Still nutty after all these years, Madness hit the road

They've been going for 35 years, but Madness frontman Suggs tells Andy Welch why he still loves working in a dysfunctional House of Fun.

Few bands can get away with calling themselves The Nutty Boys, look cool while running on the spot and manage to keep the spirit of Ska music alive among teenagers.

But then, few bands are anything like Madness. After almost 35 years together, give or take a few break-ups and walk-outs, Madness now find themselves in a coveted professional position, the sort of place where there is no pressure to release new material. Yet last year, while they could have been resting on their laurels, they finished a new album, The Liberty of Norton Folgate.

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Earning positive reviews, some even praised it as Madness's best work and it went in at number five in the album chart. Now it's back to business as usual, with the boys taking their inimitable brand of immature mayhem on the road for a 15-date tour. In addition to the main shows, Suggs and the rest of the band are also throwing open the doors of a handful of venues for four matinee performances, especially for the under-18s.

"We last did this about 25 years ago," begins Suggs, looking very much at home in a central London pub.

"I remember when we released Baggy Trousers back in 1980, we got a big kid demographic following us after that, but they couldn't get into the venues because they were under-age. We've always had a great response from kids, and even though I'm nearly 50, I feel I've kept in contact with my childish side."

To get rid of that immature streak would be to take away one of Madness's defining characteristics. And it's very easy to see why children would see something special in the band, despite the fact they formed amid the politically-charged Two Tone movement of the late 70s.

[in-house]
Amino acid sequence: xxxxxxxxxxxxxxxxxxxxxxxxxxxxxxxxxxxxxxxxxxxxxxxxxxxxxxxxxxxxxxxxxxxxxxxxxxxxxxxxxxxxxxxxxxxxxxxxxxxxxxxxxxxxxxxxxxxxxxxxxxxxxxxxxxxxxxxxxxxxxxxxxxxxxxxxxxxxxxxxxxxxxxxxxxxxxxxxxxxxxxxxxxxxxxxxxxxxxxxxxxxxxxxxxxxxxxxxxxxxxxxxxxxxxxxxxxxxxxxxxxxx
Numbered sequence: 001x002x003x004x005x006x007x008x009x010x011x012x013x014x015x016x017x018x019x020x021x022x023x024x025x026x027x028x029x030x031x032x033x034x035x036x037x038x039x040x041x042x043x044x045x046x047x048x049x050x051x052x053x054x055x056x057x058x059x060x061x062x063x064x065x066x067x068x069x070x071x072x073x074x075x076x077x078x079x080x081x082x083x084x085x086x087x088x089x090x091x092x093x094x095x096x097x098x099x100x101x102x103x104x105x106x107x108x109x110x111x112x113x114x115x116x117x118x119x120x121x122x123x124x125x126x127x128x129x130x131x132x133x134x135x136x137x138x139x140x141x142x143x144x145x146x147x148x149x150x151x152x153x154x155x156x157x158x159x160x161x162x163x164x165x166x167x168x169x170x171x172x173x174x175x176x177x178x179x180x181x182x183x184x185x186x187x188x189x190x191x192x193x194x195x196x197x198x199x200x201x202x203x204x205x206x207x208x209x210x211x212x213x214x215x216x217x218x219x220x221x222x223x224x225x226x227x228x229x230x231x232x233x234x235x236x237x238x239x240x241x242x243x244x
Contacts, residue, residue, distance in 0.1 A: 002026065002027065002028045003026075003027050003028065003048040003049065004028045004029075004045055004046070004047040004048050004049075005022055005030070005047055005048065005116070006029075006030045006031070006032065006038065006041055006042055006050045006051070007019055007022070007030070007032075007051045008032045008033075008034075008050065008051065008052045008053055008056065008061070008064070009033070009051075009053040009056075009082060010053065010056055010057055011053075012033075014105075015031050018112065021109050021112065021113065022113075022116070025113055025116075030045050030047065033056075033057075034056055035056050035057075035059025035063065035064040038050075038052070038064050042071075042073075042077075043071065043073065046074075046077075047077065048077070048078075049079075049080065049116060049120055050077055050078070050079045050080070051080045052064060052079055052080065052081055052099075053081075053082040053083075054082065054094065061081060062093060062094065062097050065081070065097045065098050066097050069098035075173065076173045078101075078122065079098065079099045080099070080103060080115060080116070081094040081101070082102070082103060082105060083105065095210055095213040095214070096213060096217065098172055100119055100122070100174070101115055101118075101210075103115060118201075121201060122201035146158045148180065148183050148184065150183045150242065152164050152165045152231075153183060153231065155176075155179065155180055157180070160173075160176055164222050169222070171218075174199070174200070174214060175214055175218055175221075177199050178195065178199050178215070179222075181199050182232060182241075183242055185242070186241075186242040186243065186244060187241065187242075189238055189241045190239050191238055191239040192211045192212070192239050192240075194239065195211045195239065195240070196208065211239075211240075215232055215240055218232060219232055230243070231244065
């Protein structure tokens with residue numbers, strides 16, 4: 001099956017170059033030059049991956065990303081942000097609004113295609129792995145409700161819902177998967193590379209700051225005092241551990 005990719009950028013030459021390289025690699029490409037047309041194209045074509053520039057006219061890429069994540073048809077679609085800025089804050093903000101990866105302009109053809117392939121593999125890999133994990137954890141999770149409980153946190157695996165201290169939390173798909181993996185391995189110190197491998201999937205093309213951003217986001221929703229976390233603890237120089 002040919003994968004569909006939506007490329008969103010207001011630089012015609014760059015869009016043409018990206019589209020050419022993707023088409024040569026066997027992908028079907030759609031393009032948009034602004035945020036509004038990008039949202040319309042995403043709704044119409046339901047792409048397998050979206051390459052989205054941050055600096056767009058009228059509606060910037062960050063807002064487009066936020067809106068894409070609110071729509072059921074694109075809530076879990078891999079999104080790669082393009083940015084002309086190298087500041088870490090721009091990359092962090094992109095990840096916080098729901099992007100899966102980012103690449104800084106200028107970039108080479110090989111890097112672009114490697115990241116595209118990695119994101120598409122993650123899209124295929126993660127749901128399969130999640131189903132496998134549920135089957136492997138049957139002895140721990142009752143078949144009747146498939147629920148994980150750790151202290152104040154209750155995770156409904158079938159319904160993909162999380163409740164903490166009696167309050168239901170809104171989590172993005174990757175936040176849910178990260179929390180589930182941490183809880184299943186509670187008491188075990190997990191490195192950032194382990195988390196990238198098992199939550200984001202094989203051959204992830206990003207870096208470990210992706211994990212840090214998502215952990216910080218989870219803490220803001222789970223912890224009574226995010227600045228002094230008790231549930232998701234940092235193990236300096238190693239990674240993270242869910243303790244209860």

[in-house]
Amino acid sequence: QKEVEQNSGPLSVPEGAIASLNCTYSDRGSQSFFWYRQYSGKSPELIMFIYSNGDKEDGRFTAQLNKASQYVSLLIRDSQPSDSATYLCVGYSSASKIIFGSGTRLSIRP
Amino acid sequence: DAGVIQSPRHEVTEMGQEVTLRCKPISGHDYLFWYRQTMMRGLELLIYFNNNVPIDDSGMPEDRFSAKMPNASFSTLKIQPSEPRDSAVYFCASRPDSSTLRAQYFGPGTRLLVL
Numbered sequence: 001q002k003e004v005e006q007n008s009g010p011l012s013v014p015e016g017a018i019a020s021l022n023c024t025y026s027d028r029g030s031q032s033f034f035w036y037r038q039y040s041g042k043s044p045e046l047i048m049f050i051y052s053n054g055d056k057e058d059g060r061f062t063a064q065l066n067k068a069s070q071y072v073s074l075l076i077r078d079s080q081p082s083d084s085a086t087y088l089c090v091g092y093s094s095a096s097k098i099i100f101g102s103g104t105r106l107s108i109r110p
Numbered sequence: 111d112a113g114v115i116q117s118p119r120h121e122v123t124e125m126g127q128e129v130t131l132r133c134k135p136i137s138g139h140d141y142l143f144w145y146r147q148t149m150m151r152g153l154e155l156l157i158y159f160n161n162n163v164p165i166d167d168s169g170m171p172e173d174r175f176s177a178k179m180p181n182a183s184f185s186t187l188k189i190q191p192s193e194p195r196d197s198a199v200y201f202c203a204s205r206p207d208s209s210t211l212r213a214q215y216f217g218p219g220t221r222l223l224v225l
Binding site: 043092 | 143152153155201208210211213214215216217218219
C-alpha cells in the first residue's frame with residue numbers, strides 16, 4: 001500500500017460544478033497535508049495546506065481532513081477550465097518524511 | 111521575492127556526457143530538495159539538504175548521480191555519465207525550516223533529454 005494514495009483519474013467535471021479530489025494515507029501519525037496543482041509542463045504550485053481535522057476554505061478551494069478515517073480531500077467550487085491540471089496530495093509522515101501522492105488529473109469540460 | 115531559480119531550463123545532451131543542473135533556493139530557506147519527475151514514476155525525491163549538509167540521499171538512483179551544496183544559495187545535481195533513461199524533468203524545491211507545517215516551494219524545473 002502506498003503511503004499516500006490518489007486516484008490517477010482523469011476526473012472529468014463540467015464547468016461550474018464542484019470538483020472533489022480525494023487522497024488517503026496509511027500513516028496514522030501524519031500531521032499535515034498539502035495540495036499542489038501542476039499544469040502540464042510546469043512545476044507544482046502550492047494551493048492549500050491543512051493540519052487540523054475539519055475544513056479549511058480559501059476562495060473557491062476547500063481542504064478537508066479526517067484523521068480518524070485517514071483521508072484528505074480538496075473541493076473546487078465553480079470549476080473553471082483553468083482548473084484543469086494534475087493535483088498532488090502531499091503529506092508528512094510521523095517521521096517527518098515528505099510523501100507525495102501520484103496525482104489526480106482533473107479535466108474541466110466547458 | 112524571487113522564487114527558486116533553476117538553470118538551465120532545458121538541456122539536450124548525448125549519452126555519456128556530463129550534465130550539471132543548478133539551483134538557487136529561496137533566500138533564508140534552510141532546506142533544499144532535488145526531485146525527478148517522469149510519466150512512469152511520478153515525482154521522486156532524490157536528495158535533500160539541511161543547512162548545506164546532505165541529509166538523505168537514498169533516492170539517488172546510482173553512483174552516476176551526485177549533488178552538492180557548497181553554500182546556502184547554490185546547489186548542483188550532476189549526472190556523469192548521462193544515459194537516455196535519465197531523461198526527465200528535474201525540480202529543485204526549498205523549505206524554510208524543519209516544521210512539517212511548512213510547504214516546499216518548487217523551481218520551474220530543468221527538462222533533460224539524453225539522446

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"I remember seeing Buena Vista Social Club when they first toured over here and I thought that was a great way you could carry on into old age with some dignity," says Suggs. "They were in their eighties. That's the thing, you have to have dignity. That comes from not trying to be something you're not.

"Chris, our guitarist, didn't want to do our latest album, and our bassist left, so we started without them.

No problem. Then they wanted to join in again. And that's fine too."

Since the album's release, the band have enjoyed the kind of return to relevancy many of their generation would give their favourite pork-pie hats for.

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"Norton Folgate was our first record in 10 years or so, so we spent a lot of time on it, and it was quite an intellectual concept in parts, but it's on the live circuit where the band have really found their home: we play so many festivals – we always have done – but 10 years ago most rock festivals were terrible. Now they're great. Granny's there with the grandchildren while mum and dad go and see their bands, and we have carved ourselves a perfect spot.

"It's as though the organisers say, 'There's a lull in the conversation, let's get those old mad nutters on and let's have a fun afternoon'."

Suggs turns 50 next year, although he looks much younger, and the band have recently been busy compiling the contents of the Gogglebox – a collection of CDs and DVDs of previously unseen TV footage, bonus songs etc. "The only time I get all reflective is on a Saturday morning if I've had a few the night before," he jokes.

"Raiding through the archives has been a lot of fun. We've always had popular videos that everyone knows, and that's something in itself, but we thought it would be great to do something for this tour that was truly original, and different.

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"We got all these clips of us messing around on foreign TV shows, there's plenty of stuff you won't see anywhere else. It's been fantastic and I'm fully aware of the privileged position we're in.

"I've had a fulfilled existence, experienced lots of things and made some amazing friends – people I met at school that I'm still making music with and having fun doing it.

"It's had all the ups and down of a dysfunctional family. The important thing is that we are still a family."

Madness, Sheffield O2 Academy, December 1, 0844 477 2000; Hull Arena, December 3, 0844 811 0051. Leeds O2 Academy, December 5, (including matinee show) 0844 477 2000.

Suggs – The life and times of a nutty boy

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Suggs was born Graham McPherson in Hastings, East Sussex, on January 13, 1961.

He got his nickname after sticking a pin in a jazz encyclopaedia and settling on the first name he saw. He famously only answered to that name in school, even writing graffiti such as "Suggs Is Our Leader" on the wall to create a myth around the name.

Aside from Madness, he has also released a number of successful solo singles, and presented numerous TV shows, including Disappearing London, for which he won a Royal Television Society award for Best Presenter.

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